TORONTO – Even as the NBA’s trade deadline on Thursday was approaching, Masai Ujiri has kept his priorities in order.
“Trying to get fans back in the arena,” Ujiri said Friday when asked what was more important between fans back in Scotiabank Arena or the trade deadline.
The Toronto Raptors vice-chairman and team president held court with the media on Friday where he made clear that getting a full-capacity arena is among the very top of his to-do list.
But the Ontario government won’t lift its large-arena capacity limit of just 500 people until Feb. 21. Scotiabank Arena, home of the Raptors and Toronto Maple Leafs, is included in this rule.
Ujiri is hopeful, however, these capacity restrictions might be rescinded earlier than planned.
“We’ve had conversations. MLSE is in conversations. I’ve had lots of high-level conversations,” said Ujiri of the capacity limits his team is facing.
“With these things, there are a lot of studies, there are a lot of unknowns. They tried to take their time to do the right things. The way it’s trending, I’m hoping maybe we can get back sooner than the proposed dates.”
The Raptors will once again play inside of a near-empty Scotiabank Arena Saturday night when they face the Denver Nuggets. After that, they’ll embark on a five-game road trip, not returning home until March 1.
The hope for Ujiri is that 19,800 fans will be allowed to enter the building and participate in game action by then.
“Just like anything, you struggle for energy. You struggle to adjust to it, overall,” Ujiri said of playing in empty arenas. “For me, I feel this game is all about playing, winning, human interaction. It’s the biggest thing I feel sometimes, and it’s lost.”
Winners of their last eight games straight, and sitting in sixth place in the Eastern Conference, the Raptors are rolling right now and want to be able to share their success with their fans.
Ujiri addressed speculation that, before the Omicron wave peaked in Ontario, the Raptors may have been considering playing elsewhere again.
“The conversation is we’re never going anywhere. We’re staying here. We’re not playing anywhere else but Toronto,” Ujiri said.
“And I say that firmly and sternly that this is where we’re going to play. Our fans will be back and we’ll be back rocking in our building. I think we’re one of the highest approval teams in terms of fans and support and attendance to the games, atmosphere, and we love that.
Last season, the Raptors played their entire pandemic-shortened campaign in Tampa, Fla. They ended up going 27-45 and missed the post-season for the first time since the 2012-13 season.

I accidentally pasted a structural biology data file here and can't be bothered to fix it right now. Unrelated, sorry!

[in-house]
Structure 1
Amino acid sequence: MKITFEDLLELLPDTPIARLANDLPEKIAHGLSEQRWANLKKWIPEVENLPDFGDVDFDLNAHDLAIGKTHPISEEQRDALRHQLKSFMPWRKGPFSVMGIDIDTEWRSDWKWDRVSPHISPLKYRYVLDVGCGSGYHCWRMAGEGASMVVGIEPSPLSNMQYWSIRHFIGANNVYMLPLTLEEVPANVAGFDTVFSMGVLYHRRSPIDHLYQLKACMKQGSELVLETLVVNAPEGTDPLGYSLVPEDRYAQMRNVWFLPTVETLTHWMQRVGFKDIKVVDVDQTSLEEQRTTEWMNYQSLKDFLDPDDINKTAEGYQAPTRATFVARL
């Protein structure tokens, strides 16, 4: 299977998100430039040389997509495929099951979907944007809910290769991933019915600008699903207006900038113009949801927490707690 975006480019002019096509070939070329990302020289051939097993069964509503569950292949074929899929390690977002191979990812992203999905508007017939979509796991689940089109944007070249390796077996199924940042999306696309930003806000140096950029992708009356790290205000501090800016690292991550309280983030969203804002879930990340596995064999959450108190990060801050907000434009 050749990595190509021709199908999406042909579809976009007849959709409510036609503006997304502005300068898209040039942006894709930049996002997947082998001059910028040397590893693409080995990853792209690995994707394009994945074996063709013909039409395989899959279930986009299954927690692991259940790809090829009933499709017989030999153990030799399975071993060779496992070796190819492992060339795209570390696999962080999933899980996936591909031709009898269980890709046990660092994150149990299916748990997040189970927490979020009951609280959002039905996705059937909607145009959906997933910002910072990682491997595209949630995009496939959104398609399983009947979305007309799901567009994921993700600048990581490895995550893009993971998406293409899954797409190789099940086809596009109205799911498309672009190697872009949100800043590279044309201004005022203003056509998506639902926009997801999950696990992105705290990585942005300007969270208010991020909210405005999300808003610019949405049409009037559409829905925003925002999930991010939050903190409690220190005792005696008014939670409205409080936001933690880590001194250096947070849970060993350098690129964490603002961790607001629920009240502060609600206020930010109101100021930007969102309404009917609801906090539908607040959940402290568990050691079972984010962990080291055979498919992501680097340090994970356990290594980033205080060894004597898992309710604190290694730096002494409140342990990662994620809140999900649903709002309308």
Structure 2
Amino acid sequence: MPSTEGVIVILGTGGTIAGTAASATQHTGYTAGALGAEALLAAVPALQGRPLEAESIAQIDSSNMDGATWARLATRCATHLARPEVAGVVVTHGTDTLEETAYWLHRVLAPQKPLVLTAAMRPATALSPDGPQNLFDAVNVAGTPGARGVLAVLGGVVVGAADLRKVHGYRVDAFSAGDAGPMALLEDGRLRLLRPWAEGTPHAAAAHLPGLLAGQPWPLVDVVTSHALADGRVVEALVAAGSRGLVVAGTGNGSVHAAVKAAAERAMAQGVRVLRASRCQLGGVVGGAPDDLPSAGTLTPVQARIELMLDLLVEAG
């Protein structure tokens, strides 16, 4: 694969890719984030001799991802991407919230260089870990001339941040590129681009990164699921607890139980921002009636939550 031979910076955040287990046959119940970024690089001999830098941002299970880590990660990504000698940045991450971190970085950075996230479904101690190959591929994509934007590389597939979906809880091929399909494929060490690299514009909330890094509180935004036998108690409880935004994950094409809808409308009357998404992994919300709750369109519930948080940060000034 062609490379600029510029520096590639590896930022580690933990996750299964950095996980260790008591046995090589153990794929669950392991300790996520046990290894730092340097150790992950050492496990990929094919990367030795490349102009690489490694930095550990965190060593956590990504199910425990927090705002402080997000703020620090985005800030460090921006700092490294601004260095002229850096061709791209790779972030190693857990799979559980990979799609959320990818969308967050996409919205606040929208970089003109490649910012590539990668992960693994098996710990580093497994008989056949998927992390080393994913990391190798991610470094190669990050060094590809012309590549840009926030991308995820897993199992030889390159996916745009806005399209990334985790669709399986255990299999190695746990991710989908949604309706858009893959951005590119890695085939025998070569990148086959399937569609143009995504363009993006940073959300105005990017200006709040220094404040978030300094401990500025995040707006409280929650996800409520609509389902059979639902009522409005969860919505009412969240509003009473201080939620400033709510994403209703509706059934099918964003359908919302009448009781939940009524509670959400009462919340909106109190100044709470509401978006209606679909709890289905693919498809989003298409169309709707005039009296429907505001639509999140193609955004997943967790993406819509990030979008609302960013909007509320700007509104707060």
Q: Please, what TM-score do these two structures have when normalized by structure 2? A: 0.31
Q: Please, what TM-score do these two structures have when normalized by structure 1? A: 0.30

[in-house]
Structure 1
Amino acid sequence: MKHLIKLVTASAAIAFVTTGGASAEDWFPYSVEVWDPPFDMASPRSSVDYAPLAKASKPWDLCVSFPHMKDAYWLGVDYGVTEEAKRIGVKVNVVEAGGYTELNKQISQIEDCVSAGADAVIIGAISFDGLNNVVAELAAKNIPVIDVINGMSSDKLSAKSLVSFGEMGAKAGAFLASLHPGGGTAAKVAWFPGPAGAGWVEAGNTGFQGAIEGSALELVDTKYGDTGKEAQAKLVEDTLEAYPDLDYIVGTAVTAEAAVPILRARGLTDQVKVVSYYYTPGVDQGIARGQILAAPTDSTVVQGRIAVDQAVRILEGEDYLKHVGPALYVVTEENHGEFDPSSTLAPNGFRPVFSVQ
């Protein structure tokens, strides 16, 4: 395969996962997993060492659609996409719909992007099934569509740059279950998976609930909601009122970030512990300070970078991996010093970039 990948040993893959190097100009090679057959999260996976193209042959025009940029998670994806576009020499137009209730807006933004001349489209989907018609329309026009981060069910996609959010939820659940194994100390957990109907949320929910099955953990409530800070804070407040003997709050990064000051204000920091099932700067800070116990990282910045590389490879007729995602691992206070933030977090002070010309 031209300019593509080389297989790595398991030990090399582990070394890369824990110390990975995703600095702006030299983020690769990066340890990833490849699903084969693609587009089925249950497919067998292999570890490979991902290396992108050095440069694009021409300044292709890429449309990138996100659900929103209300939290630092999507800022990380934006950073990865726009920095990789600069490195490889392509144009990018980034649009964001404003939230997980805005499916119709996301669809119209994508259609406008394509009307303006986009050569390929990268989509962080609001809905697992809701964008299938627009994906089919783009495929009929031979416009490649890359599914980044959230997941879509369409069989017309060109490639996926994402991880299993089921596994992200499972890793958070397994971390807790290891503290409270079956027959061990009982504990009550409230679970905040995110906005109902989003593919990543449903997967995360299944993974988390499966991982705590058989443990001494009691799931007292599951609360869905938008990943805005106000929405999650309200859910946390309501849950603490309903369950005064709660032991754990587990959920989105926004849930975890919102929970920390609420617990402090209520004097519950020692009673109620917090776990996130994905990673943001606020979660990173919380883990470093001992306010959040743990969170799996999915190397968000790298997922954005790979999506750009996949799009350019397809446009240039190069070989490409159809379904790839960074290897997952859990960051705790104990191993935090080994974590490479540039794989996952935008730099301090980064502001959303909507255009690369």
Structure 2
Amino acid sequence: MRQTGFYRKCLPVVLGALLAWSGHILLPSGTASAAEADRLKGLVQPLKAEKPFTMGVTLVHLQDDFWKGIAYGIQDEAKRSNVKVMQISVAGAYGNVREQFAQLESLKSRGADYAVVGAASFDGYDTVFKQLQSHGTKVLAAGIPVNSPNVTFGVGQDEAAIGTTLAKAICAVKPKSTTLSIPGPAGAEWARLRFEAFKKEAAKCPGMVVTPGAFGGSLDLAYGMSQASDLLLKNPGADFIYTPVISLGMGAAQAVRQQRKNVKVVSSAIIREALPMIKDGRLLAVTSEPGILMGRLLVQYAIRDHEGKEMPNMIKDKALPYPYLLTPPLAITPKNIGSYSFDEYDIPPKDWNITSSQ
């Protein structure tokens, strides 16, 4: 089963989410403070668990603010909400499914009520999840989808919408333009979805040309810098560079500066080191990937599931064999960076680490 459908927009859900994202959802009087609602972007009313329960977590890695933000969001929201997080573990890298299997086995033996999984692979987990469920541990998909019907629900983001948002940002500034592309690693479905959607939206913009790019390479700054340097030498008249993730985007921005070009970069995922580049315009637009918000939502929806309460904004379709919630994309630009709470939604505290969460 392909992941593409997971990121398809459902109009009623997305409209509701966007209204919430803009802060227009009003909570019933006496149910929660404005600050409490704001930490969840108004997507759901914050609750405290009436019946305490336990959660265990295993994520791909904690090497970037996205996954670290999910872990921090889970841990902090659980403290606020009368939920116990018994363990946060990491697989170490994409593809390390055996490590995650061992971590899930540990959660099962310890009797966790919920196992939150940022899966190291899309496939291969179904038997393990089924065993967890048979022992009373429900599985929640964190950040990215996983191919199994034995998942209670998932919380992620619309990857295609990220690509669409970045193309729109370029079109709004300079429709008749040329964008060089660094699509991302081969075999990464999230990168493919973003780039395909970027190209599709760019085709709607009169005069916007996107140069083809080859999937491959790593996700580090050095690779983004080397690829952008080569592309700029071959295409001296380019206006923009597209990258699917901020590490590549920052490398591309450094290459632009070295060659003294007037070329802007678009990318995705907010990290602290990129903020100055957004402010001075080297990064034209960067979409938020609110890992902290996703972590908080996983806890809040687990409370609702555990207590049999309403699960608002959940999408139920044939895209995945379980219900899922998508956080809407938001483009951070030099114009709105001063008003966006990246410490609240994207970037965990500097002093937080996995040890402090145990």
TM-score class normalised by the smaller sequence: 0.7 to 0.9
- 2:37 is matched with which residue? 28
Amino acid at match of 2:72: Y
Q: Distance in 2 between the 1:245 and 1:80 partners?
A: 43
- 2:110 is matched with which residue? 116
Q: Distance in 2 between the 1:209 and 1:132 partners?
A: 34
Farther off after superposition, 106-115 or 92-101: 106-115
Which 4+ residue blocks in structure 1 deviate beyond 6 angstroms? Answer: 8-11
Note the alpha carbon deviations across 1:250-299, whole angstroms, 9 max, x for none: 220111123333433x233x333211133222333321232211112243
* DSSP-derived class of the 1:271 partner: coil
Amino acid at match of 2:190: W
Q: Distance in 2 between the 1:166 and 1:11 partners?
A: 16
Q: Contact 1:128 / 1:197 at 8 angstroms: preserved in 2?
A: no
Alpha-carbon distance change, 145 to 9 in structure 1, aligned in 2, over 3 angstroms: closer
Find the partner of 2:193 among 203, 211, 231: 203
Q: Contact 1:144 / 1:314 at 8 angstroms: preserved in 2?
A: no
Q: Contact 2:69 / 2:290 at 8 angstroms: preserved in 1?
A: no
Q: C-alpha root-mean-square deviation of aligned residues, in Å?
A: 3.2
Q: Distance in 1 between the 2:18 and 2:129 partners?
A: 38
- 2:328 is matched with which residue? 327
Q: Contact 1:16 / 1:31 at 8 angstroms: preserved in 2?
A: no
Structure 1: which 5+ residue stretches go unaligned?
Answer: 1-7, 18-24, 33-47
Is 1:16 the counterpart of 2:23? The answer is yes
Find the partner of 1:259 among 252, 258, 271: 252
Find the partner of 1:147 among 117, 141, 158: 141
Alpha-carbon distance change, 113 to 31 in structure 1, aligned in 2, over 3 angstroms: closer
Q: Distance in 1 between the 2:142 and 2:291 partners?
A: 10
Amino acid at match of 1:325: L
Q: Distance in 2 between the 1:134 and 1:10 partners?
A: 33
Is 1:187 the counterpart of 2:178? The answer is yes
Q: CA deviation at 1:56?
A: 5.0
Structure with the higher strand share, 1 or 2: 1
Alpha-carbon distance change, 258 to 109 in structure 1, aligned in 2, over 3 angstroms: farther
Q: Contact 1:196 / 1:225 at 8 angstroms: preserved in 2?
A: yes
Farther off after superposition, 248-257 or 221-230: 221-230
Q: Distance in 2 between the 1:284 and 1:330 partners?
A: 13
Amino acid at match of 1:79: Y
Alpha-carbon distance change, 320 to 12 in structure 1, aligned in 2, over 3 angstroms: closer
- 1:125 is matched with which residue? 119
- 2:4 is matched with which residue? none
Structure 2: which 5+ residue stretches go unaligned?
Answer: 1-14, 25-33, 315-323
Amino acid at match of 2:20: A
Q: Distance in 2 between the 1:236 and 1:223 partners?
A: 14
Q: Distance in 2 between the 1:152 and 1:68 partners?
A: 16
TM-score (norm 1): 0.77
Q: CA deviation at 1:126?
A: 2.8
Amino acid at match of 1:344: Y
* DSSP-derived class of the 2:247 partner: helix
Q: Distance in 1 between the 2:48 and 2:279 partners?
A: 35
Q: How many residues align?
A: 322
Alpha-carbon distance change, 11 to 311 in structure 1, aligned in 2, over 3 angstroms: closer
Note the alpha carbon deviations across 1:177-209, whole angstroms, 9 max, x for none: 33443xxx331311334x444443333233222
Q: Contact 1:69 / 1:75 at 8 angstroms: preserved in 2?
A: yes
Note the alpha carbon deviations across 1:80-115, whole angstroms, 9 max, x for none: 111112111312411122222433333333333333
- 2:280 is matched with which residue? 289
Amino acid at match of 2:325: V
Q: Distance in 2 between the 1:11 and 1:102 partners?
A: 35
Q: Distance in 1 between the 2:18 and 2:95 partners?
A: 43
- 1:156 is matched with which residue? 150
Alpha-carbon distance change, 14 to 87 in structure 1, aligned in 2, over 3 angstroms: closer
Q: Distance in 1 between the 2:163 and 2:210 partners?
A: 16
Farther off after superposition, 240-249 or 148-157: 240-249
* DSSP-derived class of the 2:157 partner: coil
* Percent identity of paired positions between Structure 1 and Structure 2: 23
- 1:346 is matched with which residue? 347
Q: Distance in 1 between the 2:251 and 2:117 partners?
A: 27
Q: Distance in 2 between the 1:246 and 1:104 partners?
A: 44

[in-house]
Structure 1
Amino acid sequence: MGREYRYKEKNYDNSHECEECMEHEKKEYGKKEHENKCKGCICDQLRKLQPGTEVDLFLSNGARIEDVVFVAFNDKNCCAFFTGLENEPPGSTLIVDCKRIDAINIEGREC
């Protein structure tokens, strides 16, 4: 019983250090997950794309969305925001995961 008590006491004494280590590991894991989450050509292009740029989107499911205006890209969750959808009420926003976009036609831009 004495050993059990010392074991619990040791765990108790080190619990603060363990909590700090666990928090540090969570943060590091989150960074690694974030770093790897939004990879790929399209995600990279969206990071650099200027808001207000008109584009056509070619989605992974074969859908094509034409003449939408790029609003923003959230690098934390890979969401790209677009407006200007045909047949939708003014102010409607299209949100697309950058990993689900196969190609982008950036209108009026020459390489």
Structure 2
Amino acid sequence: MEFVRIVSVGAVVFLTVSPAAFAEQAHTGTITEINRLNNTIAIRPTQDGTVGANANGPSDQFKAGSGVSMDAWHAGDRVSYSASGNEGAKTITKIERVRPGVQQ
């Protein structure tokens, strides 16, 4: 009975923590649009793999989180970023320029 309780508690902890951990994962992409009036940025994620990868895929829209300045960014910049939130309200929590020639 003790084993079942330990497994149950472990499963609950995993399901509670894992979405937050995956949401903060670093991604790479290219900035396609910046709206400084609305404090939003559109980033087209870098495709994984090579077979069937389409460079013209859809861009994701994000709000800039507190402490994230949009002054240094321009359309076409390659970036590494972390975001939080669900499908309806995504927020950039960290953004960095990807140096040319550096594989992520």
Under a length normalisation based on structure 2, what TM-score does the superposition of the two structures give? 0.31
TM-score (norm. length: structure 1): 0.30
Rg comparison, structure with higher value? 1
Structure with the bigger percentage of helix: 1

“We loved Tampa but we’re not doing that again,” Ujiri said.
Toronto has already racked up 31 wins this season and that’s largely because of the rapid development that Ujiri has seen from the Raptors so far.
“I think we can all agree there’s been good growth. That’s what we wanted,” Ujiri said.
“We had a tough year (last season), the Tampa tank happened. … I think we can all agree here and say Pascal (Siakam) has grown as a player, Fred (VanVleet) has grown as a player, OG (Anunoby) has grown as a player, (Chris) Boucher has grown as a player, Precious (Achiuwa) — we can go down the line, all of them, Scottie Barnes.
“I think we can see growth. We are excited about our players. Hopefully they continue to grow and continue to play like they’re playing.”
Added to the Raptors mix was Thaddeus Young, a veteran forward whom the Raptors traded for on Thursday and who fits the mould of the positionless brand of basketball that the Raptors want to play, as a six-foot-nine player who both plays and defend multiple positions.
This play style the Raptors have been experimenting with all season long has appeared to work so far, but because of how odd it can look at times to see an entire five-man lineup all around the same height, with no true point guard, centre, nor designated sharpshooter on the floor, it’s come with questions.
The way the roster has been constructed, however, has always been the plan.
“I feel strongly that we can create our own style of play and bring these type of players and figure out a way to do it,” Ujiri said. “Will it succeed? I pray it does, I’m hoping it does and I think it will.”
Part of the success of the Raptors so far this season has been the emergence of the team’s young players such as the rookie Barnes and starting guard Gary Trent Jr.
The productivity they have from those two perhaps wouldn’t have been possible had it not been for Goran Dragic’s strange tenure with the Raptors, though.
Dragic was sent to the San Antonio Spurs as part of the Young deal on deadline day, and while he only suited up for five games for the Raptors, he appeared to have left to mark on the team.
“I think Goran was looking for a contending team that would contend (for) a championship,” said Ujiri. “But Goran came in here and I think he was a great professional and did everything we asked and really exceeded every expectation that we had, first, as a person.
“Then Goran had a personal situation that I can’t elaborate on and we respected that and on our part, we wanted to develop our young players and Goran also respected that.”
Dragic first came to the Raptors as part of the off-season trade that saw franchise icon Kyle Lowry leave Toronto for the Miami Heat. After the trade was made, there were reports that Dragic didn’t actually want to play for the Raptors, but he ended up reporting for training camp and got into five games for Toronto before the team granted him a leave of absence to attend to a personal situation in November.
And while Dragic wasn’t playing, the Raptors started taking off and, thus far, haven’t really looked back.
“We’ve won here, and we’re going to win again,” said Ujiri to end his press conference. “I truly, truly believe that.”
This report by The Canadian Press was first published Feb. 11, 2022.
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